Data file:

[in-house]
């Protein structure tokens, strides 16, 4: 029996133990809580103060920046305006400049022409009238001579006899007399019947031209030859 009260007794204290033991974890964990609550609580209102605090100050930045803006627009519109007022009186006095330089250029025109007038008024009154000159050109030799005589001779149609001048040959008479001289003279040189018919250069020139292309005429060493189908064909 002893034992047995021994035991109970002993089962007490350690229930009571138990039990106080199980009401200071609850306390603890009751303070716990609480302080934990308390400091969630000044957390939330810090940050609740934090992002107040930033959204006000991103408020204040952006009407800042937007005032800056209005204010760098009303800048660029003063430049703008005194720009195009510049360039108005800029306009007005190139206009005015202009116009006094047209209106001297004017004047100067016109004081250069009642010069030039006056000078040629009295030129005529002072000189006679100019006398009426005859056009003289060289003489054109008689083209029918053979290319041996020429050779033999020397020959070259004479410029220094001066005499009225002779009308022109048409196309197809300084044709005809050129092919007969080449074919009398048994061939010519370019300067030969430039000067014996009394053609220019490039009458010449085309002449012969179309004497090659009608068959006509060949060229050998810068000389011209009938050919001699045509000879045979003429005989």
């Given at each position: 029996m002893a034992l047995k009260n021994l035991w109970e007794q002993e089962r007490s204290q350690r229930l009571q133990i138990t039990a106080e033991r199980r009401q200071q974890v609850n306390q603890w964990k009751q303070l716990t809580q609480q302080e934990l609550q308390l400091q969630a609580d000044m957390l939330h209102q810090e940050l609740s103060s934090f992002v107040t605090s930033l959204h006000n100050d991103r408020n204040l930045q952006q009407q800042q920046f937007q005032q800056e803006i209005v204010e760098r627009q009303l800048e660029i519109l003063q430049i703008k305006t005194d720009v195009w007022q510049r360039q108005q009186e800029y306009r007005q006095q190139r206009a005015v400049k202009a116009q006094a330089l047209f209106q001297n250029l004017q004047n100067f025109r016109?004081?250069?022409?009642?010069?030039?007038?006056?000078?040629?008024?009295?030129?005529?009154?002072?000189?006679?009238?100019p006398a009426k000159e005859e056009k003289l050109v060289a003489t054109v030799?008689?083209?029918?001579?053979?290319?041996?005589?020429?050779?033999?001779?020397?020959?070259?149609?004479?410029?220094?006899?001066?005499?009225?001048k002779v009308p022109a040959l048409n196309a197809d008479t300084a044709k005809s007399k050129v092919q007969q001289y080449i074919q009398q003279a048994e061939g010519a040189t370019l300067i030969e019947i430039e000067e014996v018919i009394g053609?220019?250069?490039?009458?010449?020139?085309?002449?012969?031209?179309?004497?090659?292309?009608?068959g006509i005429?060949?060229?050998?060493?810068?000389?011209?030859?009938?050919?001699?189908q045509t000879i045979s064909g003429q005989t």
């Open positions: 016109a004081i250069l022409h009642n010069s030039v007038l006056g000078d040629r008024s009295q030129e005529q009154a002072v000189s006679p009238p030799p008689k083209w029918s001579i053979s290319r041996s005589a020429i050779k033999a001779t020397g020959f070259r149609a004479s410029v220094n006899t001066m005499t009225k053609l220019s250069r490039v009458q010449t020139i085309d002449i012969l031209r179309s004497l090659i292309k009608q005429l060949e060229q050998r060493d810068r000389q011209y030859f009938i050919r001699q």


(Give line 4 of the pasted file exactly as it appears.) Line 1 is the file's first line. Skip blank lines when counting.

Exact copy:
């Open positions: 016109a004081i250069l022409h009642n010069s030039v007038l006056g000078d040629r008024s009295q030129e005529q009154a002072v000189s006679p009238p030799p008689k083209w029918s001579i053979s290319r041996s005589a020429i050779k033999a001779t020397g020959f070259r149609a004479s410029v220094n006899t001066m005499t009225k053609l220019s250069r490039v009458q010449t020139i085309d002449i012969l031209r179309s004497l090659i292309k009608q005429l060949e060229q050998r060493d810068r000389q011209y030859f009938i050919r001699q």